It is to be noted that the temporarily less viscous resin under high pressure penetrates the small imperfections in the surfaces of the coil cases and electrical elements during curing and solidification of the resin, creating a strong mechanical bond therewith. This bond is characterized by minute interlocking surfaces, which prevent a dislodgement of the solid resin from the embedded components and from the container under stressed conditions occurring in service, as for example during vibrations induced by internal combustion engines.

In the particular process of embedding the coil assembly illustrated, the resin filled coil cases were rotated at an angular velocity of approximately 1750 R. P. M. at a twelve inch radius arm so as to develop a pressure gradient in the curing resin 53 between 40 and 80 pounds per square inch per inch of depth. The temperature in chamber 42 was kept near 225 degrees Fahrenheit by thermostat 51, and the coil cases were rotated for approximately fifteen minutes. At the end of this time, the spinner plate was stopped and the coil casesremoved from the impregnator 30. The resin level was found to have dropped to level B as indicated in Figure 1.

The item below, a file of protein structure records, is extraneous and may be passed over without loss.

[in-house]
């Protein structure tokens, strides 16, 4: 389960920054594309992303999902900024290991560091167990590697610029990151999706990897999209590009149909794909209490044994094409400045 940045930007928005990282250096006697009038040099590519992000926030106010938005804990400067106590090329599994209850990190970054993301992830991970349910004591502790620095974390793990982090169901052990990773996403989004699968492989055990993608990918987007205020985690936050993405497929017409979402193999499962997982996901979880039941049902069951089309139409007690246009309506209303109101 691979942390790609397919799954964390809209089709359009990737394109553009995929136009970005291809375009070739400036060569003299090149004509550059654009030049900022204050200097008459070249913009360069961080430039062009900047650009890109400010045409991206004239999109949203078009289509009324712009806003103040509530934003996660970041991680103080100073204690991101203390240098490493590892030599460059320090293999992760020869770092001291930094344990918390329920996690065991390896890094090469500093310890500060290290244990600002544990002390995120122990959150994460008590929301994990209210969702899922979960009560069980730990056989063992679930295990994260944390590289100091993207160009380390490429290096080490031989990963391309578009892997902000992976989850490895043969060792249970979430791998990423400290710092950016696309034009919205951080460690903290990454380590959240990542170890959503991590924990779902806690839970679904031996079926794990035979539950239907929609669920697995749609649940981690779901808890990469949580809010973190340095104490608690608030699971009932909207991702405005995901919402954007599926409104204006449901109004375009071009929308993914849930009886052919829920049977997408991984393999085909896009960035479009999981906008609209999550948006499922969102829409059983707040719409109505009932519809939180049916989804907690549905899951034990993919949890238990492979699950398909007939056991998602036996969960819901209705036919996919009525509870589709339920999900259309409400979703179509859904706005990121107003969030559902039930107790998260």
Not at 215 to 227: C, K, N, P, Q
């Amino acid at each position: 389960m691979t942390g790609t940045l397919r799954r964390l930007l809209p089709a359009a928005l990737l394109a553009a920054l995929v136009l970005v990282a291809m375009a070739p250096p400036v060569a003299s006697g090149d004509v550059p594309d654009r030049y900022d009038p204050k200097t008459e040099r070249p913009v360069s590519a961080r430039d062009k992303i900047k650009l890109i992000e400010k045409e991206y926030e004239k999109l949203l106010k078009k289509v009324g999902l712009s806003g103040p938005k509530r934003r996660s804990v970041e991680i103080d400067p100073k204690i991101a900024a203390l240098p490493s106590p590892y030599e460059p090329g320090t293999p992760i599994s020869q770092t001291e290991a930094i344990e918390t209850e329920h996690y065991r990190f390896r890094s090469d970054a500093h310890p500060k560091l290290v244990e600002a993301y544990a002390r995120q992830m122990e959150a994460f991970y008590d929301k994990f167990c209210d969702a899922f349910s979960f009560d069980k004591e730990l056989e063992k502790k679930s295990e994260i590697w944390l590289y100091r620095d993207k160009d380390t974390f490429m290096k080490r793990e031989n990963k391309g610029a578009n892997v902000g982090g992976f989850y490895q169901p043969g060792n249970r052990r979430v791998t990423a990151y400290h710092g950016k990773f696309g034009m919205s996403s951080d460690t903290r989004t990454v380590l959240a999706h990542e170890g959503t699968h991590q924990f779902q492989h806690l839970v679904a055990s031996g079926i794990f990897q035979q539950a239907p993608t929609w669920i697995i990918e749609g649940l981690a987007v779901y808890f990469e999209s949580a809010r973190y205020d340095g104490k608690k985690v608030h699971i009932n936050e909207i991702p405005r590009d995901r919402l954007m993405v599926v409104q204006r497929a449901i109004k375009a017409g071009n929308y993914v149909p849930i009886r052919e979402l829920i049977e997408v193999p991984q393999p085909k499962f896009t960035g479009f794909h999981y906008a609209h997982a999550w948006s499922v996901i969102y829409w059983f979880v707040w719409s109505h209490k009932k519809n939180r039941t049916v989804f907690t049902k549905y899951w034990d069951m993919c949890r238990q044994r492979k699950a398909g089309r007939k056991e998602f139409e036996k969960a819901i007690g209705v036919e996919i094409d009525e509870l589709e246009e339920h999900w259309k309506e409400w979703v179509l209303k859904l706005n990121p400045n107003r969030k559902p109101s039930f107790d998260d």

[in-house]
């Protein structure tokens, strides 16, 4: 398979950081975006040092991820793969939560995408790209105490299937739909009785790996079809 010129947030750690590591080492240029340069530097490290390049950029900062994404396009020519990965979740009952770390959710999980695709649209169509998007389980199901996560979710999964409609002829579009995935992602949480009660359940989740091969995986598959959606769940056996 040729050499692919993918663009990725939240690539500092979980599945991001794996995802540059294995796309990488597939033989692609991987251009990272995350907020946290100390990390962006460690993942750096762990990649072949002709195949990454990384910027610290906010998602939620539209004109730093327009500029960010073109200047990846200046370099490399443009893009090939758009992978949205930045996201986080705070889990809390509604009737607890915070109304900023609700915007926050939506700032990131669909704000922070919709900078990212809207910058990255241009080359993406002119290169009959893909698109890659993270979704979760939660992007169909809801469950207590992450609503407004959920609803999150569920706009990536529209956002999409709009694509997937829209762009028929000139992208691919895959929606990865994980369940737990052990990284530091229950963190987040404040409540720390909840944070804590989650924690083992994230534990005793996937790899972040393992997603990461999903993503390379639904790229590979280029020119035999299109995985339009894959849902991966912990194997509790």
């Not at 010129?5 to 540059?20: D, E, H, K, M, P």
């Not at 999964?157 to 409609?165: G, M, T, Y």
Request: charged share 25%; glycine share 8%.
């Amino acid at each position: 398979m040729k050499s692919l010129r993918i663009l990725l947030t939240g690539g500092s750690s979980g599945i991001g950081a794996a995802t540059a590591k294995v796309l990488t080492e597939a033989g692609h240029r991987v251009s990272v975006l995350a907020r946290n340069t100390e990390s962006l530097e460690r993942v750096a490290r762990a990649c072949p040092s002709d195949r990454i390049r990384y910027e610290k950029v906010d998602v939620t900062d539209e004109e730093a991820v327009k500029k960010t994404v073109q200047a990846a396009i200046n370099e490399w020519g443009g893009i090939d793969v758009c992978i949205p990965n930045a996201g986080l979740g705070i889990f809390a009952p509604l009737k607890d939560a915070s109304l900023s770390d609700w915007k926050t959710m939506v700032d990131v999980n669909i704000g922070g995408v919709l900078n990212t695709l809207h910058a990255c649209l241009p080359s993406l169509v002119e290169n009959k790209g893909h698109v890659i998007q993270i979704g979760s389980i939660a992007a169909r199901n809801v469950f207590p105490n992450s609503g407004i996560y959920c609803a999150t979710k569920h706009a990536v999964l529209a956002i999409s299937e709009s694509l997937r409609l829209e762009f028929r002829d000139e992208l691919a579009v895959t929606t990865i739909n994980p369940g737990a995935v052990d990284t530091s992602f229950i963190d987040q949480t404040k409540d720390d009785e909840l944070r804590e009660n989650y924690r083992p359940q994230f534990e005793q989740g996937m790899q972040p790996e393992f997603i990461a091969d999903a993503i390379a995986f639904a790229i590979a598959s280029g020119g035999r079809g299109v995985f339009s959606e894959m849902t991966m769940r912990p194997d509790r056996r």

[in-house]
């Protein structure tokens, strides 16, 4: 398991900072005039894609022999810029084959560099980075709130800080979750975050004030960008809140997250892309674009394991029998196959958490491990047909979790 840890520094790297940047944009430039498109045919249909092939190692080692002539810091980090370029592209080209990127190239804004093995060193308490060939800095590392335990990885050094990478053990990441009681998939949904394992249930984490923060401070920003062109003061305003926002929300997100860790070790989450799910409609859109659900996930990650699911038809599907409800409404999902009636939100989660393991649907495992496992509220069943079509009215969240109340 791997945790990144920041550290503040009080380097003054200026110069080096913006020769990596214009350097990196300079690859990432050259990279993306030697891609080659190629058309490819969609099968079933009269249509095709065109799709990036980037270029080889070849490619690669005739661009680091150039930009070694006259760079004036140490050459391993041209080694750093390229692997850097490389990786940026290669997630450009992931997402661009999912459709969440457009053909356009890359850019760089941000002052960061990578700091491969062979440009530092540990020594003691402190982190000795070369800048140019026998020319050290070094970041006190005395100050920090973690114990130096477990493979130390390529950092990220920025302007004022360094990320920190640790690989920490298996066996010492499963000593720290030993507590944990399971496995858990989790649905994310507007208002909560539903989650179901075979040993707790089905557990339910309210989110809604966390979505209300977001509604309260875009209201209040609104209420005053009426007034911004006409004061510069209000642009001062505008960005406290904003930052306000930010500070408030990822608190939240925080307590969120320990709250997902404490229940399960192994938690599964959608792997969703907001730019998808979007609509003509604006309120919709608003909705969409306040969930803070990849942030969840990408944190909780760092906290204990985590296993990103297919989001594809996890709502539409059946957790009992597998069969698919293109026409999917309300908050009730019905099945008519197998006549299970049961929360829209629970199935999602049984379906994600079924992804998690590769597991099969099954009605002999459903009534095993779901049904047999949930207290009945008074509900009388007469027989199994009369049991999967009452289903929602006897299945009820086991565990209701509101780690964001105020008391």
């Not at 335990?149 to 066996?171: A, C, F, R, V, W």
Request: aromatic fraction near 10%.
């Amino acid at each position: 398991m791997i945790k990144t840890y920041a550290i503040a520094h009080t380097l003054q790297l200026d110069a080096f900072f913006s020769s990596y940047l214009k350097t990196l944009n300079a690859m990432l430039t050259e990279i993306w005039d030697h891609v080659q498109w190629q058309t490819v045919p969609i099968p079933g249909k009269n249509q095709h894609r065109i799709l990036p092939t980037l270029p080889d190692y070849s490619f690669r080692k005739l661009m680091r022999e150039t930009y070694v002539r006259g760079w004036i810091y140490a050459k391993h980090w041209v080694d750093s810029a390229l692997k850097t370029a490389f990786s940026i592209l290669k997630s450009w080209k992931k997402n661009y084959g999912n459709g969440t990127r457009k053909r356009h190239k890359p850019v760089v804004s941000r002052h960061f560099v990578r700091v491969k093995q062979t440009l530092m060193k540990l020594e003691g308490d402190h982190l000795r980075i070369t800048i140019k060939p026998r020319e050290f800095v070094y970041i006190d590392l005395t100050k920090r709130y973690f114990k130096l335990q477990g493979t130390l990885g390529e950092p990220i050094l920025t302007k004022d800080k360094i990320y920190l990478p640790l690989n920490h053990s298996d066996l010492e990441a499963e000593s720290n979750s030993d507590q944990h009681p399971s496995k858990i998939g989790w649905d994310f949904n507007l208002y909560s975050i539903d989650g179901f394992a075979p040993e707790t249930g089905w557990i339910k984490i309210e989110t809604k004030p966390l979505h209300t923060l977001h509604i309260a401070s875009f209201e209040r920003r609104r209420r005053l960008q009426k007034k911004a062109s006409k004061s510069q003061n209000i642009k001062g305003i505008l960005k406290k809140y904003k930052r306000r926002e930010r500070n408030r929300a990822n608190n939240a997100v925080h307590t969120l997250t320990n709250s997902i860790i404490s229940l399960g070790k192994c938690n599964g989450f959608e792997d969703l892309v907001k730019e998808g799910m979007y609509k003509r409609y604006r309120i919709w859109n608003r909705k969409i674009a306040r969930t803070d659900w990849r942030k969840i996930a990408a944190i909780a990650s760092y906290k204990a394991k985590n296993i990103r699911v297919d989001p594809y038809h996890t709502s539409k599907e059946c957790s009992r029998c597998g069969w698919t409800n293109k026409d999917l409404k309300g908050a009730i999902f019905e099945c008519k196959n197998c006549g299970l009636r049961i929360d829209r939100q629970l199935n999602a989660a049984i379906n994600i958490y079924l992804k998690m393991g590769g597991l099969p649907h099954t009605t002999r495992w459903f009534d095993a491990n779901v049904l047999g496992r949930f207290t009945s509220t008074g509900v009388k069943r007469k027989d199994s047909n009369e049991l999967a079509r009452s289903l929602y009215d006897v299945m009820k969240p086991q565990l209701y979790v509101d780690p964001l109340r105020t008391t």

When a coil case was cut in half to examine the induced impregnation, the resin was found to have completely penetrated the interstices of the coils and to have cured therein. Furthermore, a very strong mechanical bonding was indicated between the resin and the coil case and coils. In no portion of the impregnating resin was there found to be any evidence of bubbling, and resin shrinkage away from the coil case and coils was entirely absent.

It is apparent that my invention may well be applied to the impregnation and insulation of many types of electrical equipment such as transformers, resistors, condensers, etc. It should be understood that my invention is in no way limited to the impregnation of the embodiments specifically described, and it is apparent that modifications may be devised by those skilled in the art without departing from the spirit of my invention or the scope of the claims.

I claim:

1. The method of embedding electrical elements with thermosetting resin which consists in: placing the electrical elements in a container to form an electrical assembly; preheating the assembly; introducing an embedding thermosetting resin in liquid form into the container and into physical contact with the electrical elements; revolving the container to produce a pressure gradient in the liquid resin at elevated temperatures; and maintaining the pressure gradient during at least a portion of the curing cycle of the resin.